HTC Touch Pro on Sprint SlashGear Review

Nov 1, 2008
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Sprint recently sent us the HTC Touch Pro, and we are absolutely loving it. We have had a few days to play with it and, so far, there are no major deal-breakers that we can see. HTC have taken the Touch Diamond and edged one step closer to perfection with the addition of a full 5-row QWERTY keyboard.

Included in the box there is the phone (of course), a 1GB MicroSD card with case, AC charger, USB data cable, an extra stylus, micro-USB headphone adapter, screen protector, belt holster and a wired stereo headset. The phone itself is a little thicker than previous HTC handsets, at 4.17 x 2.05 x 7-inches, however it only weighs 5.3 ounces, battery included. The display is the same 2.8-inch TFT-LCD VGA touchscreen from the Touch Diamond.

The keyboard is laid out perfectly, with designated number keys that don’t feel crowded in any way. The enter and shift keys are twice as wide as the rest, making them easy to locate, and there are shortcuts to the messaging applications. Overall the keyboard seems a little smaller than on other HTC smartphones, but with no drop in usability. The overall thickness of the Touch Pro is larger than that of the original Touch Diamond, but it still remains very handy and usable.

The Touch Pro has a 3.2-megapixel camera that also records video. Taking pictures is a breeze with auto-focus and built in flash; however there’s no dedicated camera shortcut key, just an option in HTC’s TouchFLO 3D user-interface. The Touch Pro is also capable of taking panoramic photos that are virtually seamless, and we’ve spent hours taking panoramic photos of everything in sight. Videos are of good quality in comparison to other smartphones.

The HTC Touch Pro is loaded with plenty of pre-installed applications such as the Opera Browser, Internet Explorer and Windows Live Messenger. In addition to Windows Live Messenger there is another instant messaging client that supports AOL Instant Messenger, Windows Live and Yahoo Instant Messengers. The Touch Pro also comes with Adobe Reader LE, Excel Mobile, Live Search, JETCET PRINT 5, OneNote Mobile, PowerPoint Mobile, RSS Hub, YouTube and Word Mobile to name just a few.

Unfortunately, the processor does not seem to keep up with Windows Mobile 6.1 Pro very well. More often than not scrolling was very choppy and animations were not smooth. TouchFLO 3D did not live up to its potential in the Touch Pro because of the lag that Windows Mobile often had. However when the phone responded the way it was meant to it was very quick and easy to navigate. GPS was slower than you would like; when driving around the phone would display where you previously were, rather than your current location. The only time we felt the Touch Pro accurately tracked our location was when walking down the street.

Using your phone as a modem is very simple. Just plug the Touch Pro into your computer via USB, opening Internet Sharing, select either USB or Bluetooth PAN and hit connect to use your phone as a modem. Connection speeds are relatively quick using both USB and Bluetooth. Video output is surprisingly very good, and it seems a shame that many customers may never know just how crisp the video output of the HTC Touch Pro really is, because you must buy an additional cable to use this feature.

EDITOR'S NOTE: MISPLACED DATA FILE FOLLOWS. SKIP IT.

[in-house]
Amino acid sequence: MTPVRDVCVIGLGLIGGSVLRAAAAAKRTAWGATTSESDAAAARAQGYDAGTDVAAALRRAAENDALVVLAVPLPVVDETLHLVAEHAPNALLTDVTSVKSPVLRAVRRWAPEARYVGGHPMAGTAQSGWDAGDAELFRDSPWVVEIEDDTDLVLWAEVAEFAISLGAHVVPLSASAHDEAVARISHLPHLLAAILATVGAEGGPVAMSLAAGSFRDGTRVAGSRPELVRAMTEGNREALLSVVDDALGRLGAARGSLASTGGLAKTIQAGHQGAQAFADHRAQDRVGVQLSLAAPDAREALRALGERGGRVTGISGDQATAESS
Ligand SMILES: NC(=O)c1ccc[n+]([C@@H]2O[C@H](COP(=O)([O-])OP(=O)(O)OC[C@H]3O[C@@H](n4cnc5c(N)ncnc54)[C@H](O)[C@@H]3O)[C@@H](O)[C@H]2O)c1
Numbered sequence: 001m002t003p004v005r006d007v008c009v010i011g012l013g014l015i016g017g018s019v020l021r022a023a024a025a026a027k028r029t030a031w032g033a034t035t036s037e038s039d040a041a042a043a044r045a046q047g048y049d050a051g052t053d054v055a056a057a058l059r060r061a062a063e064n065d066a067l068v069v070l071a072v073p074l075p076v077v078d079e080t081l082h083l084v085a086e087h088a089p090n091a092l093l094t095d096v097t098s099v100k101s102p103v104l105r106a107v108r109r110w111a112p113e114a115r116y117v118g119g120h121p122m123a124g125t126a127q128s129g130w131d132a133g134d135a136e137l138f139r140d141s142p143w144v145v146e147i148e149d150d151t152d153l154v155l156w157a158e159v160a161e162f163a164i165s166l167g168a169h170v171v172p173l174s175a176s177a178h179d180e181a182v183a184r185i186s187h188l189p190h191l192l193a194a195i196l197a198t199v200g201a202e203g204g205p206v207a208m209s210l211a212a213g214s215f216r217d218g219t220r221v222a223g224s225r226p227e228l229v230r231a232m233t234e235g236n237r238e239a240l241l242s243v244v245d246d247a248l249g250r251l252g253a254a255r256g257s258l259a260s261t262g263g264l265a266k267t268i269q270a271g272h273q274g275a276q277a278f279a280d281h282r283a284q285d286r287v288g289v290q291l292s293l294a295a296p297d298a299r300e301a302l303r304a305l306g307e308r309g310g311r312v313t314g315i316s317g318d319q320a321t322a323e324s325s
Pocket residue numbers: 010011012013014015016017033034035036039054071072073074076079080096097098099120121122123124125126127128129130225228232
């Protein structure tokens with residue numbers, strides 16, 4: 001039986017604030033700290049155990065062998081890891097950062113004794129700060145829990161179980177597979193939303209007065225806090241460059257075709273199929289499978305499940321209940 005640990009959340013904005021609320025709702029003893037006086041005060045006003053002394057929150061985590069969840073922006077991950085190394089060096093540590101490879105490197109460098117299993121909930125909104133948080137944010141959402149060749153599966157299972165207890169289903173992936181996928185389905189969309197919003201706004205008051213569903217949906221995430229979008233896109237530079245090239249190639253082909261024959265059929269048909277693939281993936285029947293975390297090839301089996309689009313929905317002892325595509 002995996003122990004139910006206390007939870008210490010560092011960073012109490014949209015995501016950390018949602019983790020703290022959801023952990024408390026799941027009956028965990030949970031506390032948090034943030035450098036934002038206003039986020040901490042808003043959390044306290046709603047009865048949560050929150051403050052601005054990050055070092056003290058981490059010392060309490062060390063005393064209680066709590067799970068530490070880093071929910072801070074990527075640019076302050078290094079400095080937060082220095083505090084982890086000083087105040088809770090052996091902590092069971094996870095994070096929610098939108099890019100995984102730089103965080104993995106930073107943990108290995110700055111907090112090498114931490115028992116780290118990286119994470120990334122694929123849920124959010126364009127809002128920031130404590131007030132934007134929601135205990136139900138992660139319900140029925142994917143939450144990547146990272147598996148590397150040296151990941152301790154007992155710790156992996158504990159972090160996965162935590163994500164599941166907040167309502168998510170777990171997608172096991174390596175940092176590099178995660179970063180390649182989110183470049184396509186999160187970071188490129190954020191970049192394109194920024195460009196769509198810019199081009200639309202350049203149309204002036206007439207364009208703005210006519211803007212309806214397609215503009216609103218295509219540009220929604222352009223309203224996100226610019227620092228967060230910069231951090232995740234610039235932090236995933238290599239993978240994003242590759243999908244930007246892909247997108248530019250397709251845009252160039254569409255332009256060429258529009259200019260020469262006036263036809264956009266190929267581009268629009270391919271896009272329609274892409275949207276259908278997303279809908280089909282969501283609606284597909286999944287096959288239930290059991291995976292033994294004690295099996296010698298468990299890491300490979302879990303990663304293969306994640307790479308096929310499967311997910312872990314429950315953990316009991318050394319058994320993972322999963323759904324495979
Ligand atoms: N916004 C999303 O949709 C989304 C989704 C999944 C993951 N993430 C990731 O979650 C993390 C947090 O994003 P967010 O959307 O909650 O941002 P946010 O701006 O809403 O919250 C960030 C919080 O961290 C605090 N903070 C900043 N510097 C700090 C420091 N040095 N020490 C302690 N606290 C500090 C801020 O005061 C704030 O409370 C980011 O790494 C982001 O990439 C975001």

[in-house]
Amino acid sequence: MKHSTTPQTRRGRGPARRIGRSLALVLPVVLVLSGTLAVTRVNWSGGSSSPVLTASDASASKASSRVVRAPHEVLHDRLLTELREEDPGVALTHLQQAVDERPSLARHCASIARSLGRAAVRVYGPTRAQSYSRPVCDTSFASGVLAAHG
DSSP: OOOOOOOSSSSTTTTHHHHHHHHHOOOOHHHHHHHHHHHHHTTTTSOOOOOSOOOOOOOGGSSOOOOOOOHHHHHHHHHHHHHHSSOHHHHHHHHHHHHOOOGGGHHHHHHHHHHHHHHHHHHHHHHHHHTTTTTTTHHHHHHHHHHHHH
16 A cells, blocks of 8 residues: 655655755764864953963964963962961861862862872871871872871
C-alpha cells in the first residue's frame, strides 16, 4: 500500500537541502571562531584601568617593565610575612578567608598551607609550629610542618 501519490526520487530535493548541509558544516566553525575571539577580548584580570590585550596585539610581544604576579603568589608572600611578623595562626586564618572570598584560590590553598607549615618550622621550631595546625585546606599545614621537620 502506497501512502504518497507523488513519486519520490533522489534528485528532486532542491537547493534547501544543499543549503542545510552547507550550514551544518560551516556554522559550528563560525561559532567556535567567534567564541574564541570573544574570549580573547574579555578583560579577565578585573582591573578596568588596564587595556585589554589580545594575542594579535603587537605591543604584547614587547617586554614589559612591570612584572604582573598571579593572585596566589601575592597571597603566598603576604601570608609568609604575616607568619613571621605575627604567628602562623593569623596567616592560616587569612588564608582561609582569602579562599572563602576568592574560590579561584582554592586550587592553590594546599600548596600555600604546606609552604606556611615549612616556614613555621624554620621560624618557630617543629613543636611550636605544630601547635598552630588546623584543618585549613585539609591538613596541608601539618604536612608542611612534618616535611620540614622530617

The ability to swap memory cards is quickly becoming more popular among new handsets. Personally we would rather have the option of using a memory card than having the 4GB internal memory that the Touch Diamond had. These days, being able to swap your cards between handsets, and have whatever amount of storage space you like is more covenant than being limited to a certain amount of space that cannot be transferred.

For the most part the Touch Pro can be used with your fingers rather than the included stylus. While the general user interface can be navigated with your fingers without much trouble, some options on the Start menu were harder to select because of the size of the option. The onscreen keyboard was surprisingly easy to use with only your fingers. We found it very odd that the onscreen keyboard only showed up while the physical keyboard was slid out. There was also an onscreen SureType keyboard for use when the device is closed. It appears to be laid out more for the right handed population, with the actual letter input keys further to the left preventing your thumb from being cramped up.

An obvious improvement to the next-gen Touch Pro would be the processor speed. The phone's processor never seemed to keep up with what was going on, whether it be instant messaging or just flipping through the main menu. Windows mobile did not seem to be the issue here, the phone itself was the under-achiever causing the Touch Pro to lag. More often than not, sliding out the keyboard would call for a 5+ second wait before the phone itself adapted to the change. Also we would like to see a designated camera button for quick photo opportunities. Having more control options such a touch and hold options would make this phone easier to navigate, even without multitouch. Overall, though, aside from the lag that we experienced, the Touch Pro is a fun and very stylish device that is capable of doing many different things. It all comes down to the keyboard, without it this phone would not be nearly as appealing.

We can see a lot of Instinct owners enjoying the Touch Pro. We recommend this phone to anyone who is looking for a device that is capable of doing a lot of useful tasks such as editing Word documents and receiving exchange email. The HTC Touch Pro is priced at $299.99 with a two- year contract , after a $100 mail-in-rebate and a $25-or-higher data add-on or Everything plan with data.


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